“Superstition’s a vice cop,” Derek said calmly. “She trolls streets and hotels for johns, and her team’s out working tonight.”
Charvat stared, then burst out laughing at the gotcha. “I’m gonna deeply regret having you in my command, aren’t I?” he said, punching Davis’s arm.
“No probably about it. I take it she’s the bodacious decoy?”
“Yup.” Davis grinned slyly. “Really good at it, too.”
Charvat groaned. “Peckerwood like you don’t deserve anything that fine.”
“Don’t I know it.”
“She been on the job awhile?”
Davis nodded. “More than a decade. Before vice she worked patrol, tactical, and robbery. She’s a crack shot, and plans to compete in the Bianchi Cup next year.”
Charvat whistled, knowing Bianchi was the Super Bowl of national pistol competitions. “My kinda woman. Let’s drink to her health.” He pointed at a track shooting east from the main drag. It was narrow, dusty, and humped as a camel’s back.
“You want to toast her with . . . dirt?” Davis said doubtfully.
Charvat flung his hands like the devil had burped a blasphemy. “Imagine, if you will, a cantina. But not just any cantina, no sir. One with an old-fashioned jukebox, filled with Petty and Cash and Frank. Pretty waitresses who call you ‘Hon.’ All the beer you can drink, at only a buck a throw.” He flicked the bee on the rearview. “Then imagine it sits at the other end of that yellow brick road you so dismissively call ‘dirt,’ and that only the Killer Bee knows the password to get you in.”
Davis managed to look duly chastened, though it was hard through his choking laughter. “I stand corrected, O Kind and Worshipful Bee-ness,” he said, salaaming as best he could in the cramped Jeep. “And I’m happy to give alms to your innkeeper. But are you allowed to drink on duty?”
Charvat looked at his Tag-Heuer, which his own wife, Deloris, had given him for his promotion to chief of Nogales Sector. “One of the perks of being the cheese is I decide when I’m on duty. As of this moment . . .”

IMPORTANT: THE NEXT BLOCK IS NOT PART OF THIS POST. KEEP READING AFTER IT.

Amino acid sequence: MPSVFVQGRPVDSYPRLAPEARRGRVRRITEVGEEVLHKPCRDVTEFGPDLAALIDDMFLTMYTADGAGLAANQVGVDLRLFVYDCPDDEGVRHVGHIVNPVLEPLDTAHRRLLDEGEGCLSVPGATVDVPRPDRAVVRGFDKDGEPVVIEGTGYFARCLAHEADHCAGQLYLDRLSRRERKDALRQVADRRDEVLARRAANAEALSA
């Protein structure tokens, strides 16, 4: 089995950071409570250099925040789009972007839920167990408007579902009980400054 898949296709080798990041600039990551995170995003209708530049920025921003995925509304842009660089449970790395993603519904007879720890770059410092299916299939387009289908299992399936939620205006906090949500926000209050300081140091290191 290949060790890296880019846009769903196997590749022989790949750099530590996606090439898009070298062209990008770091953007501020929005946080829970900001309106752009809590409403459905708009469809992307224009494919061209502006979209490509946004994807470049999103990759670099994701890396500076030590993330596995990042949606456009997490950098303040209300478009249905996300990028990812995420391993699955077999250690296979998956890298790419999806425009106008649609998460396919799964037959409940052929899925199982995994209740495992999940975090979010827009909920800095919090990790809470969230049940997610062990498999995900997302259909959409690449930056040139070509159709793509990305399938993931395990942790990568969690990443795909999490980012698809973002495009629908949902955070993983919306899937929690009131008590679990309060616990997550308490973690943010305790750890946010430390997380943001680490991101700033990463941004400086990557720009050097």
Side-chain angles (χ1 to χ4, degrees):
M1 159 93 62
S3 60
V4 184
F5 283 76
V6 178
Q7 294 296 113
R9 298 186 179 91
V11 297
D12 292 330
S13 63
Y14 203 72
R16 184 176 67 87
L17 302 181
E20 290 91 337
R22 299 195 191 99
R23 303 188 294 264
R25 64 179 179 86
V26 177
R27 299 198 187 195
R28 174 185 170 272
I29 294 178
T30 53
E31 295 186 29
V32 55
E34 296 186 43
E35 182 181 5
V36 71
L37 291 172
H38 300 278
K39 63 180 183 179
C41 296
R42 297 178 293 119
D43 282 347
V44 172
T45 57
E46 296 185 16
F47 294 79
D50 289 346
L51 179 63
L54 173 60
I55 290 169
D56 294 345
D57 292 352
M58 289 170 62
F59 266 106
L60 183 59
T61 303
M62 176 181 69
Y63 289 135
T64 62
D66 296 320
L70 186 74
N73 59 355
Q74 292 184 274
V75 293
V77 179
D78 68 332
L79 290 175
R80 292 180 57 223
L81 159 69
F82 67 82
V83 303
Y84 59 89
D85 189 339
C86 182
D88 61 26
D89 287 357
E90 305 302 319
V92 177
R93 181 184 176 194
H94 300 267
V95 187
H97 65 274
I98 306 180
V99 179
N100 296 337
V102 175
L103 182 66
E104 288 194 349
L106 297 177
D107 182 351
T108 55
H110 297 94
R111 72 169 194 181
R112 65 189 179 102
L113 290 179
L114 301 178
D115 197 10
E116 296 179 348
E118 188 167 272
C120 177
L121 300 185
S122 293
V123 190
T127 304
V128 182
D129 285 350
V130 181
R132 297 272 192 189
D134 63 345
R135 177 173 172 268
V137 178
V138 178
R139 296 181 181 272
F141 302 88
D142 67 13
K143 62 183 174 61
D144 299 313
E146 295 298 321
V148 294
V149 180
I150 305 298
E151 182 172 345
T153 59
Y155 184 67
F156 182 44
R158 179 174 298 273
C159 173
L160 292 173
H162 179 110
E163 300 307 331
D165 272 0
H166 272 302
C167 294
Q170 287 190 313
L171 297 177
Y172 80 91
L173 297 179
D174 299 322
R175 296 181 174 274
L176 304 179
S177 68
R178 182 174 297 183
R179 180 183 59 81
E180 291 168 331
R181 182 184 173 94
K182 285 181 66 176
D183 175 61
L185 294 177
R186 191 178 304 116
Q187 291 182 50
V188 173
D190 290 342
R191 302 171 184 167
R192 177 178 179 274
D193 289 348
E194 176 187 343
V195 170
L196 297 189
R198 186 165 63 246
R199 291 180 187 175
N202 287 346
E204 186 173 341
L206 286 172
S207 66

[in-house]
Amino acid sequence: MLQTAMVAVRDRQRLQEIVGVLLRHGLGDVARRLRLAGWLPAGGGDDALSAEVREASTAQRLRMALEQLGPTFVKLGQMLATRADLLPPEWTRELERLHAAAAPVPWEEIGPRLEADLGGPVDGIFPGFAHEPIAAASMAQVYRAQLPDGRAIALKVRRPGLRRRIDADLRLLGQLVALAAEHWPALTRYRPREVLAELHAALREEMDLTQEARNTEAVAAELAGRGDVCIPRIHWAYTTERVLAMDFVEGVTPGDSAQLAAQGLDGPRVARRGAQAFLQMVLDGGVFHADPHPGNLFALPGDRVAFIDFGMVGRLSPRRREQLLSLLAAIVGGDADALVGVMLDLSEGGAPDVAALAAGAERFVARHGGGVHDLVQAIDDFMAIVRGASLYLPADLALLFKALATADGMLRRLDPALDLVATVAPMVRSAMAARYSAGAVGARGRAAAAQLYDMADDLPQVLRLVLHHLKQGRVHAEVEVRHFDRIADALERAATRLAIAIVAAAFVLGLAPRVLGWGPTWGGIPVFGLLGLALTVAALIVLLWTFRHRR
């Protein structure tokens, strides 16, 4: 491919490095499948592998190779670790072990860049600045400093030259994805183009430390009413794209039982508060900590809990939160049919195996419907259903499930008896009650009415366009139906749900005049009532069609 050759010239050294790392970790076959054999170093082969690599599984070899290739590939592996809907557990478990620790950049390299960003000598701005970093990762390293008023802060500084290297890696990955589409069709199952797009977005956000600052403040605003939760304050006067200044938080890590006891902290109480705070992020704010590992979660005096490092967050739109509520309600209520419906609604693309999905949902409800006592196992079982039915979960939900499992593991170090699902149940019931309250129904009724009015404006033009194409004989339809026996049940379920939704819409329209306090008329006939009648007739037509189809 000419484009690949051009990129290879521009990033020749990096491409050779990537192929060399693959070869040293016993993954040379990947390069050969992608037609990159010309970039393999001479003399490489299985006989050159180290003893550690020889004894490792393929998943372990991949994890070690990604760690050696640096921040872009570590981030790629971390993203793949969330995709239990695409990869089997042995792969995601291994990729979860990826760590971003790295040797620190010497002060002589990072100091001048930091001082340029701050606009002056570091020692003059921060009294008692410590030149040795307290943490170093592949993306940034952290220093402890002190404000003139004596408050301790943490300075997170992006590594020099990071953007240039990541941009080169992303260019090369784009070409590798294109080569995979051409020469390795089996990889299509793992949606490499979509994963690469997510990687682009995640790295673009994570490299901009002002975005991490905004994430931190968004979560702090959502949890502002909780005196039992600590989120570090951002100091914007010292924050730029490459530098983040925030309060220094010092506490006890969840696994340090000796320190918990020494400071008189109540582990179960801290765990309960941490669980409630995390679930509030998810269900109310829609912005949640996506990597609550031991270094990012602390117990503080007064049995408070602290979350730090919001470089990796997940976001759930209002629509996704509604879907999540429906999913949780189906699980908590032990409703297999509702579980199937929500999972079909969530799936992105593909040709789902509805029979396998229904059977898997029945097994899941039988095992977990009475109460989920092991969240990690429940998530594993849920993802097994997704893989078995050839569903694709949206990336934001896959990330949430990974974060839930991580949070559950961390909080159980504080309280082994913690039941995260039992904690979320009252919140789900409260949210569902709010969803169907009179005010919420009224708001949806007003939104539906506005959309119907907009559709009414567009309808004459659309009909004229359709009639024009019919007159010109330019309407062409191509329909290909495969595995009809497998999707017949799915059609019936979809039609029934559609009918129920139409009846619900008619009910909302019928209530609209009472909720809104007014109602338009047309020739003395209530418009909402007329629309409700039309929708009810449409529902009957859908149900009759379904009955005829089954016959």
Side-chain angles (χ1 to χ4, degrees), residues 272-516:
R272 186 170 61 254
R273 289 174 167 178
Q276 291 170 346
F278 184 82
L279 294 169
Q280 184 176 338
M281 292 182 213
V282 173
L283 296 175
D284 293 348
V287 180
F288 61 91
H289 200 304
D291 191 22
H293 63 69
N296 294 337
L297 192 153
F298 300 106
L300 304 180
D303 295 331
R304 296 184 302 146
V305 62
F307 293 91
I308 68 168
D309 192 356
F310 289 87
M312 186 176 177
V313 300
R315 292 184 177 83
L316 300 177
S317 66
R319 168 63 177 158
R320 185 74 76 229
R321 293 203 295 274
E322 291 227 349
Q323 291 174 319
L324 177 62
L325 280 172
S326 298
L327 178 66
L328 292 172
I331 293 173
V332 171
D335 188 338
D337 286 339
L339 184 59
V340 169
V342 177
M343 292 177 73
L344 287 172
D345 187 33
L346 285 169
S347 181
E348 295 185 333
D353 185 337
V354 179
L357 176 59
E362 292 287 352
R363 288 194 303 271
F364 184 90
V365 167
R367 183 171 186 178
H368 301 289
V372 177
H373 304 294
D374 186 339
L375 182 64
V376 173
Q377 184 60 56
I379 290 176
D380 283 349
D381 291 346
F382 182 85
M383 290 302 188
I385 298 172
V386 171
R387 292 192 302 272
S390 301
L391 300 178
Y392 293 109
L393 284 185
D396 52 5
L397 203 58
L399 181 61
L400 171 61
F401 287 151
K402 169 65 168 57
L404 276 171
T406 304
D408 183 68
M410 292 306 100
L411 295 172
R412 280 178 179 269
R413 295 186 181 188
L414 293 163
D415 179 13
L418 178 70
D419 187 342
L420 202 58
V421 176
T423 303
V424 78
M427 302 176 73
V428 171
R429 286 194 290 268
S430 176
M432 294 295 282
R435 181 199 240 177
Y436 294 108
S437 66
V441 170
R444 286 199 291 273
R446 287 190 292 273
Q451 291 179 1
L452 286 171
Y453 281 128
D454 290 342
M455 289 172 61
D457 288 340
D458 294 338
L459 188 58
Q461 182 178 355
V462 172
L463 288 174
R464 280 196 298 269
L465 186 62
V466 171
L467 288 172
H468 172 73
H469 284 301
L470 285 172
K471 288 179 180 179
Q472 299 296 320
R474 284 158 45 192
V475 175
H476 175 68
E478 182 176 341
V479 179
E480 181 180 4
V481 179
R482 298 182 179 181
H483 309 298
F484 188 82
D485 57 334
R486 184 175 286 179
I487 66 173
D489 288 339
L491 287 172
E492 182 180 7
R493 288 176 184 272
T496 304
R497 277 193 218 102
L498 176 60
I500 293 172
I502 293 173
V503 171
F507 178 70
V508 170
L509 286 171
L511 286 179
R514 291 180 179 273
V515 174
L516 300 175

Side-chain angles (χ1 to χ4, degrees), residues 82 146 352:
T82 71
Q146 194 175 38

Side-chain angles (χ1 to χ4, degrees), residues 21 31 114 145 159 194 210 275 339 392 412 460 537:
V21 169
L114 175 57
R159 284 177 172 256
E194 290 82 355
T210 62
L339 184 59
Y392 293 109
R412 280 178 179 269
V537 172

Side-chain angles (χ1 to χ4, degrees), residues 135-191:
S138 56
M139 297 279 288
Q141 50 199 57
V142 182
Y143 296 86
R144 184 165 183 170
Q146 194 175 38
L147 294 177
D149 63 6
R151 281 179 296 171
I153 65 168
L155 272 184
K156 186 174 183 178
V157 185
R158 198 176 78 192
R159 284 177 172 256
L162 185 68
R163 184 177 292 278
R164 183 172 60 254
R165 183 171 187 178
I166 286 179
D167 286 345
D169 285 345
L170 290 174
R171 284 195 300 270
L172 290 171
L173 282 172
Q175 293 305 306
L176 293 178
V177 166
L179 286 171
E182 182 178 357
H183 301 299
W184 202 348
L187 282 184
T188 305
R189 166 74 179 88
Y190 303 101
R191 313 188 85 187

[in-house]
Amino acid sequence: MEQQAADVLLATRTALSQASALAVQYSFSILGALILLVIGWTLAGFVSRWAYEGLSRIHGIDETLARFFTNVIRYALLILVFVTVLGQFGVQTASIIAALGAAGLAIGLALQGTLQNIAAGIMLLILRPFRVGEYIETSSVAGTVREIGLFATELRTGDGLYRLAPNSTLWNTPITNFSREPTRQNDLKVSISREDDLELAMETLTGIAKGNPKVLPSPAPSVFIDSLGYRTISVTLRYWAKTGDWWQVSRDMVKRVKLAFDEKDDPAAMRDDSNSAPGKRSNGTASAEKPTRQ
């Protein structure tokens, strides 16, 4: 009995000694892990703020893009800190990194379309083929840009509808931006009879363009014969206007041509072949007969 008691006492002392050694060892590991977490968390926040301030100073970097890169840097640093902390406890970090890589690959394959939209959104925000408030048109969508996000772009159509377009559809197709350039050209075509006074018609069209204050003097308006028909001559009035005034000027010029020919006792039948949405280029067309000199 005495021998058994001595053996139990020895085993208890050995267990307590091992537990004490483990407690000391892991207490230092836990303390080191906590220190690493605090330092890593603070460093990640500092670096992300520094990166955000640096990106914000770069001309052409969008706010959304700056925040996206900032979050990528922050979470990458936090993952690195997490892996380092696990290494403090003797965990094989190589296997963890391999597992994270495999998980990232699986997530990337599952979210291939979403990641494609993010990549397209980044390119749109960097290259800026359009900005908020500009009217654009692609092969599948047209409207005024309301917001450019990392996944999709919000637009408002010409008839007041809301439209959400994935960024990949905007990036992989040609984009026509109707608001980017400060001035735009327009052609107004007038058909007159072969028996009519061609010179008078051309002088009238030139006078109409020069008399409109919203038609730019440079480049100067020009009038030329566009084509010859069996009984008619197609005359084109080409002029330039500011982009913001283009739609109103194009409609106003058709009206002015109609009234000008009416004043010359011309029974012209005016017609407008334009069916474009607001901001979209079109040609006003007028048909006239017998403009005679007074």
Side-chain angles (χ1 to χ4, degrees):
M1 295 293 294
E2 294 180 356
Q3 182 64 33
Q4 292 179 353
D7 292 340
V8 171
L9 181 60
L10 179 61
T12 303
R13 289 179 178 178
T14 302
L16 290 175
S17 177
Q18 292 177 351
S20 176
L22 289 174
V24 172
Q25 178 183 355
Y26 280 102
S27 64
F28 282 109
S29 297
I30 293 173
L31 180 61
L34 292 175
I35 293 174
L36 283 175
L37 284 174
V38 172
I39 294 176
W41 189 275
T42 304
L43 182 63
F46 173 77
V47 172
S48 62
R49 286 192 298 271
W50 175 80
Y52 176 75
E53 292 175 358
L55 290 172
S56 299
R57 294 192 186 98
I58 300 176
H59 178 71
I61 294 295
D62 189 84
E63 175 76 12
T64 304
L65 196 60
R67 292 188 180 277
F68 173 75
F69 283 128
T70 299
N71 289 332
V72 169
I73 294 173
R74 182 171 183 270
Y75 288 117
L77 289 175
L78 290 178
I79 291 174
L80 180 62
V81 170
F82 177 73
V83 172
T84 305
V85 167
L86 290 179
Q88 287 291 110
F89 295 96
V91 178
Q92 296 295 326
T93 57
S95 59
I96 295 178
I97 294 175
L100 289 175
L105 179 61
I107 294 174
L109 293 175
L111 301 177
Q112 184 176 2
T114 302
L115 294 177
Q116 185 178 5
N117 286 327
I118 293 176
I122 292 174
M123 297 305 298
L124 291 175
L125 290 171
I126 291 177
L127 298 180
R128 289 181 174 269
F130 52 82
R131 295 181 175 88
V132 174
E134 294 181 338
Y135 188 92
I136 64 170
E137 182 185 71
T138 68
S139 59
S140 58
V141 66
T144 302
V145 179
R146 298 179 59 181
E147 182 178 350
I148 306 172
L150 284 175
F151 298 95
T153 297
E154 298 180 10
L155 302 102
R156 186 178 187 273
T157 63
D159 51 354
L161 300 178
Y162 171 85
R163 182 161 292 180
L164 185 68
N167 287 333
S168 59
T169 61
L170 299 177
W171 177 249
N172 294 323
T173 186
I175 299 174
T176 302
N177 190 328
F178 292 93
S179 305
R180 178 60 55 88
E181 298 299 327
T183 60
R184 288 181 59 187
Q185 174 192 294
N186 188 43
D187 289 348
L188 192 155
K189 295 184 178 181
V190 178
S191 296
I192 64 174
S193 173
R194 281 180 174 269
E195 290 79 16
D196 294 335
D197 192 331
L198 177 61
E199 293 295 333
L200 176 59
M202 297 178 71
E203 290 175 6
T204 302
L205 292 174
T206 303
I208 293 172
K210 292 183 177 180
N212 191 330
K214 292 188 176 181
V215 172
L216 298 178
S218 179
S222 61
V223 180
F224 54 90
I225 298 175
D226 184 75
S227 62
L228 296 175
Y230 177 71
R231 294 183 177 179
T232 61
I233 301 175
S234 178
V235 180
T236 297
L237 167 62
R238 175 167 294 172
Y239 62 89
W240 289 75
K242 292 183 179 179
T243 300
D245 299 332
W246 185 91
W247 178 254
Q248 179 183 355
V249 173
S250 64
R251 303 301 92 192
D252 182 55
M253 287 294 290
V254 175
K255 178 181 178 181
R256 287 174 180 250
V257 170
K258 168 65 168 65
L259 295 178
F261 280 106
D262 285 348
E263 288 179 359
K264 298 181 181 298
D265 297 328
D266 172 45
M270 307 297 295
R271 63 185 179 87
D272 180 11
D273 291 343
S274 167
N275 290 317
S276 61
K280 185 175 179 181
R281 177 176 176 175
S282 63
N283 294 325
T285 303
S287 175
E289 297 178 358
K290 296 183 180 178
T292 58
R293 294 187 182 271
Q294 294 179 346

“It’s good to be king,” Davis said.
“They are . . . turning our . . . way,” Ortega said, his words coming in gasps as adrenaline flooded his body. “Accelerating . . . quickly.”
Garcia glanced at the sky. No helicopters. He looked at the landscape. No other dust clouds. He reacquired the speeding Jeep on his night scope. The headlights were pointed his way, the dust wake billowing straight back. “It appears I was mistaken,” he said. “Fortunately, they seem to be alone. Grenade, Manuel.”
The narco shoved a rifle-propelled grenade into the AK’s launcher.
“Don’t shoot until my order,” Garcia said as the rest of his men flipped fire selectors from Safe to Auto. “And for the love of God, don’t miss. We must destroy them immediately so they cannot radio for their drones.”
“We will not fail you, Jefe!” they shouted as one. Garcia grinned. They were good men who enjoyed the down-and-dirty. This was going to be fun . . .
“Fire!” he shouted.
The stubby grenade blasted from the launcher, propellant blooming like a fireworks display. The warhead accelerated to the speed of an Indy car. The narcos hugged the backs of their boulders. The grenade corkscrewed into the Jeep’s front bumper.
And exploded as ten AKs opened up.
Charvat and Davis clawed thin air as the Jeep flipped over, engine compartment roaring with flames and smoke. It slammed off a boulder, skidded into a gully, and crashed through a cactus-choked embankment, windows shattering, tires blowing. Bullets grazed the windshield. “Get outta here before she blows!” Charvat yelled.
Davis yanked at his belt, hardly able to hear over the thwock-thwock-thwock of bullet strikes. The buckle wouldn’t unlock. He dug a Strider combat knife from his pocket, flicked it open. “You free, Chief?” he said, hacking through the restraint.